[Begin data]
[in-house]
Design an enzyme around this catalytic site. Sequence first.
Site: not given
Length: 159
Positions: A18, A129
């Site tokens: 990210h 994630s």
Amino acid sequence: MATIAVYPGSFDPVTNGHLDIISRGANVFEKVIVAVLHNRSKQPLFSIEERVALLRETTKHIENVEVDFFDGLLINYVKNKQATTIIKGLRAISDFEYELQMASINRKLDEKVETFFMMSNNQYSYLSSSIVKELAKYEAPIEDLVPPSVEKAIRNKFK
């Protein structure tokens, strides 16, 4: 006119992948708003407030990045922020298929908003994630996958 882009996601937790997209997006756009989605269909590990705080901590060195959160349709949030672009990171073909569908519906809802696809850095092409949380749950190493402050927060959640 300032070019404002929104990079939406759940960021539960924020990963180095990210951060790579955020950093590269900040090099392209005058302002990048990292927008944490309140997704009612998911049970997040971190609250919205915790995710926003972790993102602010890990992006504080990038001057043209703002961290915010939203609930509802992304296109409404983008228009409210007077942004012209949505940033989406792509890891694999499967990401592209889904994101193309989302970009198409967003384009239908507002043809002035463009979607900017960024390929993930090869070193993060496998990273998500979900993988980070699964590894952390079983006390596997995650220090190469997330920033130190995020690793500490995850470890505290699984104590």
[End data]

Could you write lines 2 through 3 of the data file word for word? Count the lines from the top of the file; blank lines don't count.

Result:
Design an enzyme around this catalytic site. Sequence first.
Site: not given